4. The Fed’s Actions are Illegal. The Federal Reserve can only perform actions that are strictly allowed under the law. When you actually read the laws, quantitative easing is not allowed under the Fed’s powers in statute. The Federal Reserve was established by the Federal Reserve Act. Section 2A explains their purpose as achieving maximum employment, stable prices, and moderate long-term interest rates. They can only do three things. I do not see quantitative easing on that list. The Fed will claim it is a tool they need to achieve their three goals, but that is a stretch of logic. The Fed’s specific powers are listed in detail under Section 13 of the Act. Quantitative Easing was performed in 2008 and specifically justified under their “Emergency Powers” in Section 13.3.A. This section describes that the Fed can purchase assets in “unusual and exigent circumstances.” This is consistent with the Fed actions to save the economy from collapse. But it does not cover Jerome Powell’s decision to make the temporary reserves permanent. He has no legal authority to do this. The Fed holding $8.4T in reserves today based on the “unusual and exigent circumstances in 2008” has no legal basis in law. When you look at the statements released from the Fed today, they are very strangely worded. I would encourage you to go and read them. It becomes obvious that they are worded so strangely because they are trying to get around the fact that there is no legal basis for what they are doing. I wish a reporter would ask Jerome Powell about this. Just ask him to his face, “What is the legal basis for making quantitative easing permanent?” He cannot answer that question because there is no legal basis. Jerome Powell is trying to justify $8.4T dollars in reserves as normal banking operations. He thinks he is merely holding reserve funds and all banks do that. But $8.4T is clearly not standard banking reserves and has no basis in history. This is a massive power grab by the Federal Reserve. Think about it. The Fed is assuming powers they have never had before. The Fed is printing money at will, with no limits, no oversight, no restrictions, and taxing the American population through inflation. Who gave them the power to do that? No one. They are just doing it, and I do not understand why no one is calling them on it. I understand Jerome Powell does not want to sell off the assets, because it would slow down the economy. I get that it is a hard thing to do. But the alternative is high inflation. The result is that Americans are paying to give a subsidy to the banks that we never voted for. It is not right. It is not fair. And it is illegal.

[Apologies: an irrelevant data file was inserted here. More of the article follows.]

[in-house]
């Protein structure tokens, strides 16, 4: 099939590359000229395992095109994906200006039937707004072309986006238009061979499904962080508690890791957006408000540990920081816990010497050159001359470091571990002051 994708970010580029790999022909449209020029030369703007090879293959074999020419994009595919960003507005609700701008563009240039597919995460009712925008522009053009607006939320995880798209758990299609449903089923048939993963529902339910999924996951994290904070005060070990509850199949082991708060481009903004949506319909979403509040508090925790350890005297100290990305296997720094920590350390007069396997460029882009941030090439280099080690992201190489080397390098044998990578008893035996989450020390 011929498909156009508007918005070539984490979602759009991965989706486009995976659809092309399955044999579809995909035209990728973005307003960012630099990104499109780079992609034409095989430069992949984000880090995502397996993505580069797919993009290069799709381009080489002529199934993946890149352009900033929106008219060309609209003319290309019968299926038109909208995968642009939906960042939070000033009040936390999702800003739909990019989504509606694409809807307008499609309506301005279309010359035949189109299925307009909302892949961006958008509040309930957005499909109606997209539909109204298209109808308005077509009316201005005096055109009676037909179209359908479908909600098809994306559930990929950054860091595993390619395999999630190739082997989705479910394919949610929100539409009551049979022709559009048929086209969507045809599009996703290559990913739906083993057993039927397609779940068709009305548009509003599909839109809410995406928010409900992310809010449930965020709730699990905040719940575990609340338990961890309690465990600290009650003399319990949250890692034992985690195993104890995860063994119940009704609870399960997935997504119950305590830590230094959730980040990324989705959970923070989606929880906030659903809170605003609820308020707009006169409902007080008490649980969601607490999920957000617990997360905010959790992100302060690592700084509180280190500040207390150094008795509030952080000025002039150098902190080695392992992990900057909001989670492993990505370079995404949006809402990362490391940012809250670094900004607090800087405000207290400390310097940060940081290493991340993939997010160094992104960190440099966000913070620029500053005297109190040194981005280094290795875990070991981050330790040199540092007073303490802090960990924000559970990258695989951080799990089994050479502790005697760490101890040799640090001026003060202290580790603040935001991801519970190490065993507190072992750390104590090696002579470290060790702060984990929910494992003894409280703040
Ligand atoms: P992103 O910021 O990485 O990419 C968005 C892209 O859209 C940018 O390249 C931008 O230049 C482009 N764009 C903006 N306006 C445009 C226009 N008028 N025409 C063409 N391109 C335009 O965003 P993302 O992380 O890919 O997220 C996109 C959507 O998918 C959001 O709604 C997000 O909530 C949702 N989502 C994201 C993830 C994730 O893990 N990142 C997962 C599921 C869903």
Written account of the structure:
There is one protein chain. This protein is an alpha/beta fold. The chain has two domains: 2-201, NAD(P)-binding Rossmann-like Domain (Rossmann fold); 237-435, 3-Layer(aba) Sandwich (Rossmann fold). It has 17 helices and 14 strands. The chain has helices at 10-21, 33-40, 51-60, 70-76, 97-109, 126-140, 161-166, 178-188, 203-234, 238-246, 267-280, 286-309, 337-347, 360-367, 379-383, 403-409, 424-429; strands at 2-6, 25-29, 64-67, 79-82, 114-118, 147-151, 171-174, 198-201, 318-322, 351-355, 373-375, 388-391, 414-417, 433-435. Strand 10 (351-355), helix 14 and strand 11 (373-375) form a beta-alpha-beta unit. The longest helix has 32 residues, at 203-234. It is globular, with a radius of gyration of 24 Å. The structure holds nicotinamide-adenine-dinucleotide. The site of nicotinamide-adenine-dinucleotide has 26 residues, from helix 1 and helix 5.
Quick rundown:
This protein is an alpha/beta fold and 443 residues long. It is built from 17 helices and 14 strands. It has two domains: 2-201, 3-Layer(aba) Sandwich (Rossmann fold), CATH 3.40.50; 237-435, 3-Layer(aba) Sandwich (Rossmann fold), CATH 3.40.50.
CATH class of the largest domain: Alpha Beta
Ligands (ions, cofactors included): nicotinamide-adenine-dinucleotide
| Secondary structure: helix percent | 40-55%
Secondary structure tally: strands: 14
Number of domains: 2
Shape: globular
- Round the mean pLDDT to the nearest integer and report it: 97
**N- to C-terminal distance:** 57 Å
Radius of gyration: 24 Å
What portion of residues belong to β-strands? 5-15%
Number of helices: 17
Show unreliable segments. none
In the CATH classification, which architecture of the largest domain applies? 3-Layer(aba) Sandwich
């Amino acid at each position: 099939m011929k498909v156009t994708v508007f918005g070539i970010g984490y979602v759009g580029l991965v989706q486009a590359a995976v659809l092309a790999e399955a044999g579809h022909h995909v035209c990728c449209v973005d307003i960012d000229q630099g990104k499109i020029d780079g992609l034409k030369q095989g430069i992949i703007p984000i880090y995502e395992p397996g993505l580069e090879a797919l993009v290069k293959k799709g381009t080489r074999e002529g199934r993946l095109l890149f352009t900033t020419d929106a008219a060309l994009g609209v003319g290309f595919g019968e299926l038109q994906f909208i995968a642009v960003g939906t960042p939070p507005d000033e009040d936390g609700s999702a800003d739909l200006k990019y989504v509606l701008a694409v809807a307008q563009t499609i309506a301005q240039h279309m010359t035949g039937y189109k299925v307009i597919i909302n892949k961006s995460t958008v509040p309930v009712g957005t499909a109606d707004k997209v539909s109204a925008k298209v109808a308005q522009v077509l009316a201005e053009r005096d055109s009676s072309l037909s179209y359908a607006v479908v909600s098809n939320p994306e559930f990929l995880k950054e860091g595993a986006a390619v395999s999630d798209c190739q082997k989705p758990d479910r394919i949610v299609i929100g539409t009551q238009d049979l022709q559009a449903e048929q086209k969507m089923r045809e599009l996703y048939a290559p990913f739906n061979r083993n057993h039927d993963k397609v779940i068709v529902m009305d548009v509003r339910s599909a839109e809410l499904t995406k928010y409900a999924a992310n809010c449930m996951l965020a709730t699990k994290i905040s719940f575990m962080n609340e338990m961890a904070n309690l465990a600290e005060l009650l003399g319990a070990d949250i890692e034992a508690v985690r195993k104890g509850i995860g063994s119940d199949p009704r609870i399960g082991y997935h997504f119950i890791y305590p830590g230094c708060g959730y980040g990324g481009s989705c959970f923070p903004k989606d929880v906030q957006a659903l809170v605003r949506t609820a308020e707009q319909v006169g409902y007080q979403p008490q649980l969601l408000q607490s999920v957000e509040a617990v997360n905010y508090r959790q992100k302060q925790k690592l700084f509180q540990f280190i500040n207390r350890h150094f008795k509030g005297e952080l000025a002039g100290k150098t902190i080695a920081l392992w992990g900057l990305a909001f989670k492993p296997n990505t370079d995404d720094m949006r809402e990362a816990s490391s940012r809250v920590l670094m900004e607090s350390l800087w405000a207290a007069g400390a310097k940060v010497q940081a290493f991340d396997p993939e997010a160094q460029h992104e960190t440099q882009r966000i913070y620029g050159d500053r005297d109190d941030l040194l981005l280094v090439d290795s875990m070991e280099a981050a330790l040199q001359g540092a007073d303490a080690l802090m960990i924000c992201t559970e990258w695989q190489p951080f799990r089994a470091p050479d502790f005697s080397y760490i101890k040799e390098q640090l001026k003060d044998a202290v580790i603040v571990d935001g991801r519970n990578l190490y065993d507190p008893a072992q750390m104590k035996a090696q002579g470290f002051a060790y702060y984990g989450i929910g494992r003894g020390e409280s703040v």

Personally, I am a fan of the Federal Reserve. I am not one of these people who think we should get rid of the Federal Reserve. I think it is an important institution. But it must be managed properly. I do not think anyone can look at this chart of assets and conclude that this is managed properly. This is the problem with Quantitative Tightening. People hear the term and think the Fed is going to get rid of their assets, but they are really only going to get rid of a little bit of them. If the Fed wants to proceed with this crazy experiment of ample reserves, Congress needs to pass a bill giving them the power to keep ample reserves. Until then, they need to sell them. The plan they released for keeping ample reserves is illegal. Now of course, the Fed is going to continue to try and do whatever it wants. I hope that state Attorney Generals will sue the Federal Reserve to keep the Fed operating within their legal restrictions. But in the meantime, what can regular people do? We need to tell them to stop. All we have to do is for people to start saying, “I do not like this.” I do not like the Fed giving themselves unlimited powers. I do now like the Fed printing money. I do not like the Fed holding all these assets. All we have to do is start saying, “I do not like this.”